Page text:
A Breakthrough in Plastic Recycling Is Coming Up Short

By 2025, Nestle promises not to use any plastic in its products that isn’t recyclable. By that same year, L’Oreal says all of its packaging will be “refillable, reusable, recyclable or compostable.”

And by 2030, Procter & Gamble pledges that it will halve its use of virgin plastic resin made from petroleum.

To get there, these companies and others are promoting a new generation of recycling plants, called “advanced” or “chemical” recycling, that promise to recycle many more products than can be recycled today.

But so far, advanced recycling is struggling to deliver on its promise. Nevertheless, the new technology is being hailed by the plastics industry as a solution to an exploding global waste problem.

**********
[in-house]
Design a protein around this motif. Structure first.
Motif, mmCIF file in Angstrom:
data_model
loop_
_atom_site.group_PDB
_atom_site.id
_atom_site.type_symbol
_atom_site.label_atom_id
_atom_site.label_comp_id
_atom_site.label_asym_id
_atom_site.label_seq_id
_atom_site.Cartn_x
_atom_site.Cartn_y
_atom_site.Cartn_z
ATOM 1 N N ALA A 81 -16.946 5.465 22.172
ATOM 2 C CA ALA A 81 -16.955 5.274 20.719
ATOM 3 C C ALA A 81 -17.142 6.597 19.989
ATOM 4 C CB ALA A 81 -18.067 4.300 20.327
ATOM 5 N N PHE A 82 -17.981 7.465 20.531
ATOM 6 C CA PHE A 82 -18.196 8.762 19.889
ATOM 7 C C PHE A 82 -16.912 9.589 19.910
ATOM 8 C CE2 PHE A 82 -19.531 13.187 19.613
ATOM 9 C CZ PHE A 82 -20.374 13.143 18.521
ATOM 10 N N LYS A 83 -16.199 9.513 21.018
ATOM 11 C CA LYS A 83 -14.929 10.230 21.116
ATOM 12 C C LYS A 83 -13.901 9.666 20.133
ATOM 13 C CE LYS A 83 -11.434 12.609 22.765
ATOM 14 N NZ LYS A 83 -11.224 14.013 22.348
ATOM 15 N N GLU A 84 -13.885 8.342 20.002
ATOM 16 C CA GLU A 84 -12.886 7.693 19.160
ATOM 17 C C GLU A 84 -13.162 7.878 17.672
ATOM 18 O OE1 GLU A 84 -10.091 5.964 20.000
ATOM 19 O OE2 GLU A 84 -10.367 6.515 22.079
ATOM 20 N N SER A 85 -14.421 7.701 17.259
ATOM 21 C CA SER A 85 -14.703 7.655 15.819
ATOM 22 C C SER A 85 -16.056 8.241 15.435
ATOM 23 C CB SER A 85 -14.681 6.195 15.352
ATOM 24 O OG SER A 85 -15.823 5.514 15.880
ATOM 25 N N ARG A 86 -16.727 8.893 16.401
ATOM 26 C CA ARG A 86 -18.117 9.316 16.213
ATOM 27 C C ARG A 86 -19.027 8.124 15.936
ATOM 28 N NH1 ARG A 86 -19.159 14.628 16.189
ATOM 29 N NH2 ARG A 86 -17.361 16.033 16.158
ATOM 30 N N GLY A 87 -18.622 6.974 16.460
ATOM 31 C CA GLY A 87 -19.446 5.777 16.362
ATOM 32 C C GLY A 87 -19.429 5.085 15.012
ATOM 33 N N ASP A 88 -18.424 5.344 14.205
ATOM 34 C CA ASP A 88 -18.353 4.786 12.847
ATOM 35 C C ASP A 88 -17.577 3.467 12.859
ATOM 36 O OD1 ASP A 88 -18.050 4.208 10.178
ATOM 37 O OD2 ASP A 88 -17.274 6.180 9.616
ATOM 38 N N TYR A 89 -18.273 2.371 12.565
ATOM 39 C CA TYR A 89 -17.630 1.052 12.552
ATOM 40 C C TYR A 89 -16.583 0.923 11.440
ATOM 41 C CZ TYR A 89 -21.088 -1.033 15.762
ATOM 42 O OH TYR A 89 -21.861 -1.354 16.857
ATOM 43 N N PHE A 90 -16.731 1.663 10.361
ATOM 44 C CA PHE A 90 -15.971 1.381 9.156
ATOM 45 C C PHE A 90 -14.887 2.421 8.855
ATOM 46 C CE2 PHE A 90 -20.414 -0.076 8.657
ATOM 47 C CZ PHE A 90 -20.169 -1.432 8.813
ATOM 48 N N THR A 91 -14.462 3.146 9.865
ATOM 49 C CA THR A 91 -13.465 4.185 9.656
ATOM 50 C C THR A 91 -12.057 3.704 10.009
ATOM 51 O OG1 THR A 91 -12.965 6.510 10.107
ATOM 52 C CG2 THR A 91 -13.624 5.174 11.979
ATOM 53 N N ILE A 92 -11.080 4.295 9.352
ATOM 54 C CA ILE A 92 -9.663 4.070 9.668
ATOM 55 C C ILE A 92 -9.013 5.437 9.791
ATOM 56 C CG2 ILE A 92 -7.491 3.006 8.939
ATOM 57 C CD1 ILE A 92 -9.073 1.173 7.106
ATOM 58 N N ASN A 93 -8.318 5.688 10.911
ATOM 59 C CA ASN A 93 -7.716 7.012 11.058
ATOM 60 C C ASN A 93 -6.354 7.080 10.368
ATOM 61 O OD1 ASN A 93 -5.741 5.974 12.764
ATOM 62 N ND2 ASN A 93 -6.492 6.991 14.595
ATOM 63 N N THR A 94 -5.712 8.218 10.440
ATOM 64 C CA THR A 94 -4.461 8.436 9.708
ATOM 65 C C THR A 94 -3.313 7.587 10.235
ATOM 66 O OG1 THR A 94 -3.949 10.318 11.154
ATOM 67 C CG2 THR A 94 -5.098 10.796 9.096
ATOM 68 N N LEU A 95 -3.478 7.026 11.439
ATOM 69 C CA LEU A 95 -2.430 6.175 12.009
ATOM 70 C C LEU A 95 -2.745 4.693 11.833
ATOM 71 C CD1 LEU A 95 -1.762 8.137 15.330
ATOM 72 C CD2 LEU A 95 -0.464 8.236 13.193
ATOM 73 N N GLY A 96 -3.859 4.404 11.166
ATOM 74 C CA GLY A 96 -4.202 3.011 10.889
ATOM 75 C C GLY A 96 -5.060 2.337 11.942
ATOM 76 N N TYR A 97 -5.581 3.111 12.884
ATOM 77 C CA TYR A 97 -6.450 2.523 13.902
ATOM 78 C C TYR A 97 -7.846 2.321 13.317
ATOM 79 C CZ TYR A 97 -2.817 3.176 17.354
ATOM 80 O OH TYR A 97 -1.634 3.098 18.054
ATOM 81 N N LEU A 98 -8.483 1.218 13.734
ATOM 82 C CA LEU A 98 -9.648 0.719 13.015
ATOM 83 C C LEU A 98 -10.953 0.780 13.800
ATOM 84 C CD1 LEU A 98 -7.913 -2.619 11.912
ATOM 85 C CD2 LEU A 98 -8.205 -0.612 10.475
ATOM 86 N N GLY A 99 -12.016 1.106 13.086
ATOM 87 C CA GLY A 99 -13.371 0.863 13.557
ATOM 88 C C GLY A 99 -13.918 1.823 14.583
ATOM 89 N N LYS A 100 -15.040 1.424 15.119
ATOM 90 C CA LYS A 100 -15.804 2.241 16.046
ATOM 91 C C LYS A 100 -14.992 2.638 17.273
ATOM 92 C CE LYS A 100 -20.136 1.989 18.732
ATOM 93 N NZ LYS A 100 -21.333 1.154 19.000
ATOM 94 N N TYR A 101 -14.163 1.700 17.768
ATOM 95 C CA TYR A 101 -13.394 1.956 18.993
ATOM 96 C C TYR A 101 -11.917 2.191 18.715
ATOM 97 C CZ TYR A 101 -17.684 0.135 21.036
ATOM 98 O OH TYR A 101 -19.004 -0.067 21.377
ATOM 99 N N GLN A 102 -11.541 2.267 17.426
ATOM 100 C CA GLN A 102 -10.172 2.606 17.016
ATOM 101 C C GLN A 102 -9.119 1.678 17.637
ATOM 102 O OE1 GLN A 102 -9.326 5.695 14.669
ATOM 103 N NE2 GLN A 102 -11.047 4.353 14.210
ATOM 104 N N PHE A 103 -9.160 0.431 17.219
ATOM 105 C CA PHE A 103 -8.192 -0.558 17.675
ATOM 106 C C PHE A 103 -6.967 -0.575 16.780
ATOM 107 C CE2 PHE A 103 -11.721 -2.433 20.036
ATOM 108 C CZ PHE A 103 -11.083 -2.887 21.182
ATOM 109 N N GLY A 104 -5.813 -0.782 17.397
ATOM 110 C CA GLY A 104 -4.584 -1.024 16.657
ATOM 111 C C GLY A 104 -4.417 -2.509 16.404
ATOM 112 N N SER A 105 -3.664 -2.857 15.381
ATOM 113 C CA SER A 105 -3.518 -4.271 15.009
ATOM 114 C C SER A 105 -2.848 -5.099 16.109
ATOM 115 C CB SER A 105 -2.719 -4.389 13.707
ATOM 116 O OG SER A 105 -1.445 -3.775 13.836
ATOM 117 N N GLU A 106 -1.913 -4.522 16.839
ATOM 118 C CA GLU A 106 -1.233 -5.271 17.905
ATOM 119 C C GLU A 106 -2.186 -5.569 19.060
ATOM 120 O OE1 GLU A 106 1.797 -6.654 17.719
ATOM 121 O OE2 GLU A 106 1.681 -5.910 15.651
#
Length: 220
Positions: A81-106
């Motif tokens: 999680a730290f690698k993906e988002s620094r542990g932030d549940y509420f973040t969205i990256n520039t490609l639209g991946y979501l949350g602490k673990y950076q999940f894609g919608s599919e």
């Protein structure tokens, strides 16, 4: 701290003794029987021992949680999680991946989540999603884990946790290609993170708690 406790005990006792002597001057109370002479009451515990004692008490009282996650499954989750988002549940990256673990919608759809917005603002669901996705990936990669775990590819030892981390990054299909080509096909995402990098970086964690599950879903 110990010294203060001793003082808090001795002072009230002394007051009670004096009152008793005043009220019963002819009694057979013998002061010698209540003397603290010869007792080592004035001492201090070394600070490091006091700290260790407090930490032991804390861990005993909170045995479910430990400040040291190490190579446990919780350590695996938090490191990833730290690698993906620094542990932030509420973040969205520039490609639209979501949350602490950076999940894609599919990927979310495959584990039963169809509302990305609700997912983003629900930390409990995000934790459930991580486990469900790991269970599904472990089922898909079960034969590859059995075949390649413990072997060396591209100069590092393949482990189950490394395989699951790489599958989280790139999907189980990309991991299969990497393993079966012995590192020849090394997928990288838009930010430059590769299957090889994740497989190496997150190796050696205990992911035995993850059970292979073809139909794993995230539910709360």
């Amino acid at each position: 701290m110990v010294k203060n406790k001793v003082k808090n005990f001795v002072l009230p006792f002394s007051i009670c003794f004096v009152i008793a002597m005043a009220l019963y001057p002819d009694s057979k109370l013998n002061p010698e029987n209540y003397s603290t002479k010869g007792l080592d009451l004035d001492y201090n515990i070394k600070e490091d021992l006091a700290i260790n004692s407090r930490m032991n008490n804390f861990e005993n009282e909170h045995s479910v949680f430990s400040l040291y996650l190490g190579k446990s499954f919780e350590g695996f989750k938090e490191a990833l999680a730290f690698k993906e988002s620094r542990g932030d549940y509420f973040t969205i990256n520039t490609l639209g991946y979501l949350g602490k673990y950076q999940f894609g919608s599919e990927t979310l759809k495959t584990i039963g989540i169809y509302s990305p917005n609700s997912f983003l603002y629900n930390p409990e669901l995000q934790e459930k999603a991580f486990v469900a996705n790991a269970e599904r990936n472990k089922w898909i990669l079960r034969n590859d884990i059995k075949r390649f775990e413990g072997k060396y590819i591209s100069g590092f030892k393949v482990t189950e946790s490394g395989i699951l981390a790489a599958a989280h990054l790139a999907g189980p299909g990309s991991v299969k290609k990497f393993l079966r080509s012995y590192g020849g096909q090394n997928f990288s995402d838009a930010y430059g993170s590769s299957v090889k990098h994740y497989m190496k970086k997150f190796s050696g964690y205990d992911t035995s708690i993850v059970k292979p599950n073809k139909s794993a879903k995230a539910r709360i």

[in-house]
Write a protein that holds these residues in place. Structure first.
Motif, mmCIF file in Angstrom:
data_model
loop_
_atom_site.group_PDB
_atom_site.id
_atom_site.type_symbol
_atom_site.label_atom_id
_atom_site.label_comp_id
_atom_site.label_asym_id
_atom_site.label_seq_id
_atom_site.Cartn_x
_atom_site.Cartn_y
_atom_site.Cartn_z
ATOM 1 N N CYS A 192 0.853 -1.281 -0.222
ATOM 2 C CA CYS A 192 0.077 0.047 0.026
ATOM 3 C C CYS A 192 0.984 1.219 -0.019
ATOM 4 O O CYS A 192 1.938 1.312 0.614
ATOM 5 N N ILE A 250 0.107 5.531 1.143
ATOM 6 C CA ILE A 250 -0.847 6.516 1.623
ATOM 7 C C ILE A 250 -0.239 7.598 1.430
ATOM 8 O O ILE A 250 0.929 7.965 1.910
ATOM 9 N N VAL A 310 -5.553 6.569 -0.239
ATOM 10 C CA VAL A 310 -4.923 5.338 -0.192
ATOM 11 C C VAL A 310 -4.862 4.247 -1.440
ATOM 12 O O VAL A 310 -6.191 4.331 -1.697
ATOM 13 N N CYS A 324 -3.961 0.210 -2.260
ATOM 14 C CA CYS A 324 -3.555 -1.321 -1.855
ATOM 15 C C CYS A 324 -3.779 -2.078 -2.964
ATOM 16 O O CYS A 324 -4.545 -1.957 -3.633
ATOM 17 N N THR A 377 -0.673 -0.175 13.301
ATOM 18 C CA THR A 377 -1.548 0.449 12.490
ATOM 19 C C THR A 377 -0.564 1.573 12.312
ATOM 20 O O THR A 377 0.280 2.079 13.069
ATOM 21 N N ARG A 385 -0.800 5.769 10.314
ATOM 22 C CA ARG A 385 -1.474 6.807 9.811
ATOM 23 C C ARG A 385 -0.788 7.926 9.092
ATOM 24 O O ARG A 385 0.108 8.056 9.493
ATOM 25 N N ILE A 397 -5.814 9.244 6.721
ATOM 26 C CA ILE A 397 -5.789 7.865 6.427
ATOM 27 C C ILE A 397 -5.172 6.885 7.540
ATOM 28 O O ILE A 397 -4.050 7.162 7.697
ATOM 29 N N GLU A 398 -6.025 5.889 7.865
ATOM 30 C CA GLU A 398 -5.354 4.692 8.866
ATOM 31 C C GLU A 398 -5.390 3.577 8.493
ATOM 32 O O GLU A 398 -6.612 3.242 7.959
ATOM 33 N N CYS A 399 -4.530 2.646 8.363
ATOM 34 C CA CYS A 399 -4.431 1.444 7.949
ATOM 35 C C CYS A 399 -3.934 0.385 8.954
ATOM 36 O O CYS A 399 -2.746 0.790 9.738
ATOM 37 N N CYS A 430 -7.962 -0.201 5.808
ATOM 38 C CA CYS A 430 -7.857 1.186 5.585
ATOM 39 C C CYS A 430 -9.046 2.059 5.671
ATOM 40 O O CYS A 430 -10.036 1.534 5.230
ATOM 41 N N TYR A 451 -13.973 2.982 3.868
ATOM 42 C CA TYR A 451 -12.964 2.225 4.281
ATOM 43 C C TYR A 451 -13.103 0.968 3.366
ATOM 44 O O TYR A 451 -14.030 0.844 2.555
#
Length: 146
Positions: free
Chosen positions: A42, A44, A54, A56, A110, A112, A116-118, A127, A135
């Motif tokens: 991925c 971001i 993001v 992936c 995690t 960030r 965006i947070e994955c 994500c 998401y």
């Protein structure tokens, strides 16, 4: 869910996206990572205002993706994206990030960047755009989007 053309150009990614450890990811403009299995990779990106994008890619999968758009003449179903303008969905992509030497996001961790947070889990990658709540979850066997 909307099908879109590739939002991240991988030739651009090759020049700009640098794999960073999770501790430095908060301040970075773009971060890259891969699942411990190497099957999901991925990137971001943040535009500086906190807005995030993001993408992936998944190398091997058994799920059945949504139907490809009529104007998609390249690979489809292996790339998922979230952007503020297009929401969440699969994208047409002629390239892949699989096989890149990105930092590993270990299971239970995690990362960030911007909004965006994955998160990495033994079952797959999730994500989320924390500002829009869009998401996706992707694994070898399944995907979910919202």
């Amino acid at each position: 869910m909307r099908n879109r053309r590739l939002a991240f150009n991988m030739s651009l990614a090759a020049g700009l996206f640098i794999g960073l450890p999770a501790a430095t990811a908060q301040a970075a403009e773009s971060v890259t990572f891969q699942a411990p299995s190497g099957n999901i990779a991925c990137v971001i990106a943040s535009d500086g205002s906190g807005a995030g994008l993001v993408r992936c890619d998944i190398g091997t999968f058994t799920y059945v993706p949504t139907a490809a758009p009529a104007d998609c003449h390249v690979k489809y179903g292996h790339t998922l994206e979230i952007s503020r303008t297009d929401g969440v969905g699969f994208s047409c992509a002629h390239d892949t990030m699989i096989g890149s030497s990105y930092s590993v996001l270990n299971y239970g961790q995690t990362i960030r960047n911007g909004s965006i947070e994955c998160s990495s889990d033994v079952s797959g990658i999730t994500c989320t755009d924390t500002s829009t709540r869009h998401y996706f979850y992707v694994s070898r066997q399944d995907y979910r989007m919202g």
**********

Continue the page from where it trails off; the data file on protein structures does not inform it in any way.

The traditional approach to recycling is to simply grind up and melt plastic waste. The new, advanced-recycling operators say they can break down the plastic much further, into more basic molecular building blocks, and transform it into new plastic.

PureCycle Technologies, a company that features prominently in Nestlé, L’Oréal, and Procter & Gamble’s plastics commitments, runs one such facility, a $500 million plant in Ironton, Ohio. The plant wasoriginally to start operating in 2020, with the capacity to process as much as 182 tons of discarded polypropylene, a hard-to-recycle plastic used widely in single-use cups, yogurt tubs, coffee pods and clothing fibers, every day.

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